You have to respect Robert Plant's desire to take the crowd-pleasing, Grammy-approved formula of his last few records into wilder, hazier places. But the results don’t always reach their intended target.
It’s no coincidence that Robert Plant has been the only thing standing in the way of a Led Zeppelin reunion tour ever since the band’s one-off set at London’s O2 Arena in 2007. Because he’s the only guy who doesn’t need it. John Paul Jones’s career as an artist and producer has been even more woefully underappreciated than his work with Zeppelin. And the only times Jimmy Page has been worth listening to since In Through the Out Door have been when he’s dusted off old Zeppelin tunes on live records, either with Plant or the Black Crowes. (At one point, Page needed his old foil so badly that he teamed up with one of his most ham-handed imitators, releasing the album Coverdale/Page in 1993 with Whitesnake vocalist David Coverdale. Yes, this is something that happened.)
In this context, Plant’s solo oeuvre has been a triumph, because it’s marked by not only chart success, but fearless eclecticism. His 10th album, Lullaby and... the Ceaseless Roar, is just the latest example of an artist refusing to content himself with his legacy (or digestible album titles). Since his 1982 debut, he’s given us everything from Zeppelin-esque bombast to new wave, worldbeat, glistening country duets and a golden oldies EP. As he said to Rolling Stone back in May, “Do you know why the Eagles said they’d reunite when 'hell freezes over,' but they did it anyway and keep touring? … It’s because they’re bored. I’m not bored.”
On Lullaby, the vocalist and songwriter certainly makes good on that declaration, his refreshing lack of desperation taking shape in a melting pot of Americana, new age and electronic music. It contains the raw materials of his best work – crystalline vocals that sound like a soft breeze could scatter them; a reverence for the blues that’s light years away from Zeppelin’s early parodies; a fascination with minor-key Eastern melodies that hearkens back to classics like “Friends” and “Kashmir". But while you have to respect the artist’s desire to take the crowd-pleasing, Grammy-approved formula of his last few records into wilder, hazier places, the results don’t always reach their intended target.
The opening “Little Maggie” starts out promisingly enough, weaving Plant’s ethereal voice with a humbly plucked banjo and some gloomy electronics – a compelling way to revamp an old bluegrass standard. But after a few verses, the track bursts into a new age groove that’s slicker than Yanni’s mustache. It doesn’t bode well for Plant’s new backing band, the Sensational Space Shifters, who aim for border-erasing sonic nirvana and get something closer to the bland cultural appropriation pop of Sting’s Brand New Day album.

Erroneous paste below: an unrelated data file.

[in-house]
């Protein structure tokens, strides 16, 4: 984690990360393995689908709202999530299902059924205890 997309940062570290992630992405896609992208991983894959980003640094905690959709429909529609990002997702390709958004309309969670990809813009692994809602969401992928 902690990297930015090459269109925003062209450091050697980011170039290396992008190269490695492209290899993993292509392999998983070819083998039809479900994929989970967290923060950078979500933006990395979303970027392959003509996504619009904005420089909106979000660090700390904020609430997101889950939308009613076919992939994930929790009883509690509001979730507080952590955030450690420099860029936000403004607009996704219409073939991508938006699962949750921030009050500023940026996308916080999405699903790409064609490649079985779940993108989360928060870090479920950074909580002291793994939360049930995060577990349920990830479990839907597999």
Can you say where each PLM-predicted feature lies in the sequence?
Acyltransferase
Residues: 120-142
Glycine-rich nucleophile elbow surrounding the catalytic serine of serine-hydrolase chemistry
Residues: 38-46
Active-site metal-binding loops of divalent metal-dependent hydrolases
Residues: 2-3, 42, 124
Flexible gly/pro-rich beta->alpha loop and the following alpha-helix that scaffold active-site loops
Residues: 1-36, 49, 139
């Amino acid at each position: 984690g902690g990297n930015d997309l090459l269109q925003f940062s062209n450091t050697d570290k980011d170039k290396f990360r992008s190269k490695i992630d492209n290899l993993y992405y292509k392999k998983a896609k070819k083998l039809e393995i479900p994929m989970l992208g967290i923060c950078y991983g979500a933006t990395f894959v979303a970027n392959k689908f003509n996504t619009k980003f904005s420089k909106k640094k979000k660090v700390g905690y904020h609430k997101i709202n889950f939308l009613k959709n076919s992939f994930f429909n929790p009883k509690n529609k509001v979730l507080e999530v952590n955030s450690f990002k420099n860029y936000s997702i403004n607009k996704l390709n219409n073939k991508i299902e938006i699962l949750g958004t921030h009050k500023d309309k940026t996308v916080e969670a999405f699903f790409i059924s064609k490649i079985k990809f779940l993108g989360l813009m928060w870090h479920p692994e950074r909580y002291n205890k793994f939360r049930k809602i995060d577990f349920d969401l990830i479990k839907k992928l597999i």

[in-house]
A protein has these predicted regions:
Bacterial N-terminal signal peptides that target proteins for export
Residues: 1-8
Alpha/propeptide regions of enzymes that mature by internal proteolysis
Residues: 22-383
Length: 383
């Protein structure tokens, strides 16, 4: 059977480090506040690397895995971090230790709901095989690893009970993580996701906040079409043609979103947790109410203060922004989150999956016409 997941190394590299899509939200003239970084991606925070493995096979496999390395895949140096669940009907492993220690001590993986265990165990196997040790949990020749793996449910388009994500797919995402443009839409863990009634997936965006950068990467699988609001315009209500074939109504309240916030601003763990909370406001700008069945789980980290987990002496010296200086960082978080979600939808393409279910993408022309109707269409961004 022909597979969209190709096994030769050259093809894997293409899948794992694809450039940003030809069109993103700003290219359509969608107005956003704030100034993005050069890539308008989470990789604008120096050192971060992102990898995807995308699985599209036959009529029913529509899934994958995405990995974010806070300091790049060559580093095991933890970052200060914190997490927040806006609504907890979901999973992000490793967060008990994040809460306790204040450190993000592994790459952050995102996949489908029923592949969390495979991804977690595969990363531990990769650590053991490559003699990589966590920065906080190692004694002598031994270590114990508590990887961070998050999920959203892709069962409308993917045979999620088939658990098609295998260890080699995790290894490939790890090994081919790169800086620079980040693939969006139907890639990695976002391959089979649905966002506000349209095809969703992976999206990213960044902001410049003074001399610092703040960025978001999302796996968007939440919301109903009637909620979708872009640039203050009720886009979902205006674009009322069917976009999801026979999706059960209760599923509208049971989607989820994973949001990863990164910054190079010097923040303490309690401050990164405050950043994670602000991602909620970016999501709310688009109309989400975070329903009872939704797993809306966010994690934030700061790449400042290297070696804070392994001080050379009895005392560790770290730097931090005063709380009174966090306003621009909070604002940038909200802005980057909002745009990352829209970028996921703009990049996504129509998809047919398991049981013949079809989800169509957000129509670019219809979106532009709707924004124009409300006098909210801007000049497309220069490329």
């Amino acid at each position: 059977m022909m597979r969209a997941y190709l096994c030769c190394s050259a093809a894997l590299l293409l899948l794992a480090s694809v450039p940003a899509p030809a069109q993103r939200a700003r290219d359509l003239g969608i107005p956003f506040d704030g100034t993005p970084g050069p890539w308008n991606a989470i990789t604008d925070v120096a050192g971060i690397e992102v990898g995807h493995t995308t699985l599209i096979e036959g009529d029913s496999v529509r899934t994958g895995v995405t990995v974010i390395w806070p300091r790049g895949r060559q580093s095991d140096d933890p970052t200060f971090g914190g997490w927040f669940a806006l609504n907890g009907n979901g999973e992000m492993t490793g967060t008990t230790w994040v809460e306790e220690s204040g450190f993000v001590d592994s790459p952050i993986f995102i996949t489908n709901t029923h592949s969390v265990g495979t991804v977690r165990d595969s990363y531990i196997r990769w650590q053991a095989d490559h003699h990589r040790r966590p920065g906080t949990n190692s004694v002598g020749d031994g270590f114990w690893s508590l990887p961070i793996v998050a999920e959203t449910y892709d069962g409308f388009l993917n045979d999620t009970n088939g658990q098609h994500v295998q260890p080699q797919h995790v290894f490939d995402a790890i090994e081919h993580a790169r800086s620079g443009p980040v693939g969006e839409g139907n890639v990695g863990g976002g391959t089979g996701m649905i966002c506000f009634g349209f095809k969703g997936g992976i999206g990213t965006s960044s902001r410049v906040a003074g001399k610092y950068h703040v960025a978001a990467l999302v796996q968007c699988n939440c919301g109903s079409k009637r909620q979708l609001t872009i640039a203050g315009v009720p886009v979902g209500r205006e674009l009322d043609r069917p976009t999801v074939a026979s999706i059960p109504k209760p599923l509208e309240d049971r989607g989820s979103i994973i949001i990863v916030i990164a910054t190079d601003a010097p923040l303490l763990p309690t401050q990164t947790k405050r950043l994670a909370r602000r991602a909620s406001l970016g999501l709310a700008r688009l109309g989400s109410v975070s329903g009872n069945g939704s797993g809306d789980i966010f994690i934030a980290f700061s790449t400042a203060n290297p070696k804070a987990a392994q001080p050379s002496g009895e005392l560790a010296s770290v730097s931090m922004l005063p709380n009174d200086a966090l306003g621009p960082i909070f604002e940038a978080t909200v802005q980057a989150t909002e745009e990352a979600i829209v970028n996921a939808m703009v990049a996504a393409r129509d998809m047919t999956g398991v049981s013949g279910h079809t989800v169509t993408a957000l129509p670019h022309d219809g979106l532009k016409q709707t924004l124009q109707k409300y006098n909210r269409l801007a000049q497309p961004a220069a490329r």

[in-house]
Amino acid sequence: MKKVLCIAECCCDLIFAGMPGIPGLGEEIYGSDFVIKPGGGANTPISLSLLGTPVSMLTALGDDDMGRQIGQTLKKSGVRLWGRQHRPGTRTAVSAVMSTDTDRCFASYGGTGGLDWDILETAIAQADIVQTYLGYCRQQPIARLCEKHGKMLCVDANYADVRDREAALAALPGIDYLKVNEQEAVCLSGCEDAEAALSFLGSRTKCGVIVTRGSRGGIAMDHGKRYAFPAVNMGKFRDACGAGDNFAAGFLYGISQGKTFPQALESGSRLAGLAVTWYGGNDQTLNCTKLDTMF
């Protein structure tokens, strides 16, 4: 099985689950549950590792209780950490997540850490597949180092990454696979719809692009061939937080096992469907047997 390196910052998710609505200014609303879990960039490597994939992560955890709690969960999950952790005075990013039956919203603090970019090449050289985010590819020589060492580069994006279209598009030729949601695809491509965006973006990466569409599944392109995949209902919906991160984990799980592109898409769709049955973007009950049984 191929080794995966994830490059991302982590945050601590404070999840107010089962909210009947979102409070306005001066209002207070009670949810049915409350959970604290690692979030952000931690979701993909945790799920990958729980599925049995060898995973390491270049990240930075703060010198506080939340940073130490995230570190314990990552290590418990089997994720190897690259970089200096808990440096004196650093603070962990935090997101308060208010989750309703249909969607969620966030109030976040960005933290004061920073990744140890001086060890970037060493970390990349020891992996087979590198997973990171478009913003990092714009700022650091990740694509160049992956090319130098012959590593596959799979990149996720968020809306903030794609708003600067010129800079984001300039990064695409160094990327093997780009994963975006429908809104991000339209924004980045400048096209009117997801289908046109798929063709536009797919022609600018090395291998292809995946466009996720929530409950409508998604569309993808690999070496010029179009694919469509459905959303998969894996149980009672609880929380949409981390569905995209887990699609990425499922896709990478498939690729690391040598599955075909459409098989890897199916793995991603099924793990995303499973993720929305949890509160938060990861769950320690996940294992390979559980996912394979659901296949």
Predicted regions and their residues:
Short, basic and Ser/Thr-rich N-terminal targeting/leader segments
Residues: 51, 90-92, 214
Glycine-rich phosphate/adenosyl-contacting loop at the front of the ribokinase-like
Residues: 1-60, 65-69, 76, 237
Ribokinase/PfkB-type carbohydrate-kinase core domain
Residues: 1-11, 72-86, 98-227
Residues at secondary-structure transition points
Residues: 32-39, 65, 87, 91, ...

Thankfully, this overreaching is the exception, not the rule. Most of the record is in the vein of the ensuing gem “Rainbow", a love-conquers-all ballad marked by Plant’s sweeping “oohs” and lyrics about reaching for the stars that hit home against all odds. With its gorgeous, lazy river melody, it’s tempting to say the track could be a Raising Sand b-side, except the sonic palette is darker. The Space Shifters prove their mettle here, delivering a nuanced mix of subtle electronics, layered percussion and ringing guitar chords. A few tracks later, they exhibit a similarly subtle touch while finally nailing that elusive haunted groove on “Turn It Up,” using just two slithering guitar chords and some lightly syncopated percussion. Plant delivers a telling line here, a look inside the mindset of an artist who equates doing the expected to entrapment – “I’m stuck inside the radio / Turn it on and let me out!”
Lullaby does cross over into that new age territory a few more times, especially on “Pocketful of Golden", where Plant sets the standard impossibly high by delivering the opening phrase of “Thank You” – “If the sun refused to shine” – only for a tinny drum loop and a tinnier flute-like figure to bring back those memories of Sting trying too hard. One could argue that this is a good problem, an example of a bold work that refuses to follow the formula of recent triumphs. Because when pretty much everything is stripped away but piano for “A Stolen Kiss,” we hear how gifted Plant remains. “I am drawn to the Western shore / Where the light moves bright upon the tide,” he sings. Knowing what a Tolkien fan he is, I imagine this is a reference to Valinor, the Blessed Realm of the Elves in the distant Western sea. As an artist who can still embody a track with a mysticism all his own, he’s got more than a bit of Elvish in him. It’s pretty amazing that he still refuses to coast on those abilities, to yawn and collect checks like Don Henley. Because that yawning would still sound great.